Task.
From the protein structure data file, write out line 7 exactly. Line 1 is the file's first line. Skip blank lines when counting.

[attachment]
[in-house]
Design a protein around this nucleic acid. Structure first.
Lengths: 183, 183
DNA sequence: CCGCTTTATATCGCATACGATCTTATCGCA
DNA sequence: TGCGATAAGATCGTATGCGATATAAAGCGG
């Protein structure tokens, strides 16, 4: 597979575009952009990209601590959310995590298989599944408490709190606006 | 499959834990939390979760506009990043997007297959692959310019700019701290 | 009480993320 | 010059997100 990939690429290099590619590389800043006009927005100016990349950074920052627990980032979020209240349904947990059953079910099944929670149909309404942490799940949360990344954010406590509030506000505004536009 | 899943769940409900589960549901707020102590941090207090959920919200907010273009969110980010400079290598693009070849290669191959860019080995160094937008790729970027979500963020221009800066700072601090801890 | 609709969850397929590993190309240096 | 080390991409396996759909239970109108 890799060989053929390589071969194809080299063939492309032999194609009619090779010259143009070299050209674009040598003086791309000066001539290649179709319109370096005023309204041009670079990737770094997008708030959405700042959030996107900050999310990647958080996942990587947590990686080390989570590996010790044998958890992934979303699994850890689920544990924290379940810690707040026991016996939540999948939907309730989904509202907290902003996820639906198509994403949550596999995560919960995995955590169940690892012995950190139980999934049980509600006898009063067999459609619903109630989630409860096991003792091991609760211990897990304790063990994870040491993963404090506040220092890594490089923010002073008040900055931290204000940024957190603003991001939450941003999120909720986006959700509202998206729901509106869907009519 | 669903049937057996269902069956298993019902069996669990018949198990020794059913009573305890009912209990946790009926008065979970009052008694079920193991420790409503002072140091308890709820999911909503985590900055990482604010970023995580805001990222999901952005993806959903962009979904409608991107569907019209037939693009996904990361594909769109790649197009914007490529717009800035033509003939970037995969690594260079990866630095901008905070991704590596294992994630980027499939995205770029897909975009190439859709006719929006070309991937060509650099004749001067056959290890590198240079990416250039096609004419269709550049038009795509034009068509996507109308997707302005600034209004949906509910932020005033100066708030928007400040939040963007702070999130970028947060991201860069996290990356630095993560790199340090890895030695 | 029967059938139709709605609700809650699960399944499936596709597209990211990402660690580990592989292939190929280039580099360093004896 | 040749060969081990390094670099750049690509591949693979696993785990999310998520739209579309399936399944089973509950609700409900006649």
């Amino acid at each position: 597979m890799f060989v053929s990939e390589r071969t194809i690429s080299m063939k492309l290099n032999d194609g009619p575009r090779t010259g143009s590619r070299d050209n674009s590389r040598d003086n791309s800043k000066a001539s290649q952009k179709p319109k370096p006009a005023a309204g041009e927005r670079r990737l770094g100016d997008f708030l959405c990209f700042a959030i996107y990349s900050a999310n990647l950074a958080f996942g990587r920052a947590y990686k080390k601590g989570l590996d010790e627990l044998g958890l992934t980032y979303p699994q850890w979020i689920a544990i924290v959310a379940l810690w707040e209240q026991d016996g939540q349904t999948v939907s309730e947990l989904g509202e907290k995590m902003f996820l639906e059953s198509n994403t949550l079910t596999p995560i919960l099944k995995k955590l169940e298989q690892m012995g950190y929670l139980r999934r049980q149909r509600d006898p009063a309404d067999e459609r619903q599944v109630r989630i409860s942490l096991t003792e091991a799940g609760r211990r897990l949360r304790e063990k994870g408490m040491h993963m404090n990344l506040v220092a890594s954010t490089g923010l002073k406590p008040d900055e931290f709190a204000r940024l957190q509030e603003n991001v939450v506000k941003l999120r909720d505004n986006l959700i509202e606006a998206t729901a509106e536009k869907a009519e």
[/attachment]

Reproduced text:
């Amino acid at each position: 597979m890799f060989v053929s990939e390589r071969t194809i690429s080299m063939k492309l290099n032999d194609g009619p575009r090779t010259g143009s590619r070299d050209n674009s590389r040598d003086n791309s800043k000066a001539s290649q952009k179709p319109k370096p006009a005023a309204g041009e927005r670079r990737l770094g100016d997008f708030l959405c990209f700042a959030i996107y990349s900050a999310n990647l950074a958080f996942g990587r920052a947590y990686k080390k601590g989570l590996d010790e627990l044998g958890l992934t980032y979303p699994q850890w979020i689920a544990i924290v959310a379940l810690w707040e209240q026991d016996g939540q349904t999948v939907s309730e947990l989904g509202e907290k995590m902003f996820l639906e059953s198509n994403t949550l079910t596999p995560i919960l099944k995995k955590l169940e298989q690892m012995g950190y929670l139980r999934r049980q149909r509600d006898p009063a309404d067999e459609r619903q599944v109630r989630i409860s942490l096991t003792e091991a799940g609760r211990r897990l949360r304790e063990k994870g408490m040491h993963m404090n990344l506040v220092a890594s954010t490089g923010l002073k406590p008040d900055e931290f709190a204000r940024l957190q509030e603003n991001v939450v506000k941003l999120r909720d505004n986006l959700i509202e606006a998206t729901a509106e536009k869907a009519e």